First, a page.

Complaining about the film's ending on movie night a half hour before it happens...in this market..if you nail it, well, good on ya.  In this theater I think anyone nailing the ending is damn near impossible.  Good luck!  I'm sure you can trade a piece of paper for food or gas if it says Appl on it.  The results are in (MFG, etc.), if you don't hold it in your hand you have nothing.  Hedge accordingly.

Sat, 08/25/2012 - 09:33 | 2736646 sessinpo
sessinpo's picture

What? Another Apple bitch complaining about the neighborhood talking about his whore wife AAPL and how much she costs?

 

You know its only a matter of time before she puts you in the poor house. The question is, what will be the settlement when you divorce (price of the stock)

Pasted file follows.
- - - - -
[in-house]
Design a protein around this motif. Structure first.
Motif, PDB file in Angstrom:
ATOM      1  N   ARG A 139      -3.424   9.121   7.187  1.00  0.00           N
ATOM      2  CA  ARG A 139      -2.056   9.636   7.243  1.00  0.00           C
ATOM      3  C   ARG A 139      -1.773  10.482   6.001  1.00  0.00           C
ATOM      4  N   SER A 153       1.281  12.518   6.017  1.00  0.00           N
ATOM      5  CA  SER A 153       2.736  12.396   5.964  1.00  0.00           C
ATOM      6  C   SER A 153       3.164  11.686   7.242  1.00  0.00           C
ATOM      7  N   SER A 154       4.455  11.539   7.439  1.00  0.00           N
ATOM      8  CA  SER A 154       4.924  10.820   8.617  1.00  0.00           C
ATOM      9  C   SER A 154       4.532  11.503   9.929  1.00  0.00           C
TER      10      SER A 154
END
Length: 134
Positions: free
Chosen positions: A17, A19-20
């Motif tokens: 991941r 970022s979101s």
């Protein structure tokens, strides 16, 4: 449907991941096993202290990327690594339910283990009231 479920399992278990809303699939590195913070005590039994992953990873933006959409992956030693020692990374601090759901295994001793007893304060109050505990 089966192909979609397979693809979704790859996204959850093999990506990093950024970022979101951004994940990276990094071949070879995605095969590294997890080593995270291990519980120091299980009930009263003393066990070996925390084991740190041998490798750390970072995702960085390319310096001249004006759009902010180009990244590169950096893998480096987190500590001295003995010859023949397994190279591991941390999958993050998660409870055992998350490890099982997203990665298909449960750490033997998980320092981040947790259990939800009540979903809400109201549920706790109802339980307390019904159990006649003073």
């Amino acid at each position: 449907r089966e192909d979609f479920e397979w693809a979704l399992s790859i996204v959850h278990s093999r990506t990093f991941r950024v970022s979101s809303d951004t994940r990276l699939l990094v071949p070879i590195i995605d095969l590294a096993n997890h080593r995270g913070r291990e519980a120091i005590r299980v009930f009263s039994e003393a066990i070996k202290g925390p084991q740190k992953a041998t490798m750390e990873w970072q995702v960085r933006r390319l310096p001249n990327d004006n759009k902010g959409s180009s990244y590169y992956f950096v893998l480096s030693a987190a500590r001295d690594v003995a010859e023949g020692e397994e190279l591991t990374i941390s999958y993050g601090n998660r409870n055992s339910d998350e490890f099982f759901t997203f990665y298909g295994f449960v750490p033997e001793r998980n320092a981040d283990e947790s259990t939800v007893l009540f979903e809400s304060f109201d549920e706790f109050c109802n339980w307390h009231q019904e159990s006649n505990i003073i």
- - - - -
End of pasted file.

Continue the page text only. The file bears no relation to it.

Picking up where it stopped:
Sat, 08/25/2012 - 10:16 | 2736730 LG_Knight
LG_Knight's picture

I've got 20% in gold (physical). And 20% in Apple. Apple is going through a secular 10 X market growth from PCs to mobile devices, plenty of room to grow. Where is the problem investing in both for now?

I love zerohedge. Long-term, they have it nailed.

Sat, 08/25/2012 - 10:17 | 2736731 LG_Knight
LG_Knight's picture

I've got 20% in gold (physical). And 20% in Apple. Apple is going through a secular 10 X market growth from PCs to mobile devices, plenty of room to grow. Where is the problem investing in both for now?

I love zerohedge. Long-term, they have it nailed.

Fri, 08/24/2012 - 19:44 | 2735855 roadsnbridges
roadsnbridges's picture

Yesterday's news, as in the Berspanky letter from 2 days ago?

Fri, 08/24/2012 - 21:06 | 2735991 cosmictrainwreck
cosmictrainwreck's picture

"BERSPANKY" hahaha lol

Fri, 08/24/2012 - 19:55 | 2735882 q99x2
q99x2's picture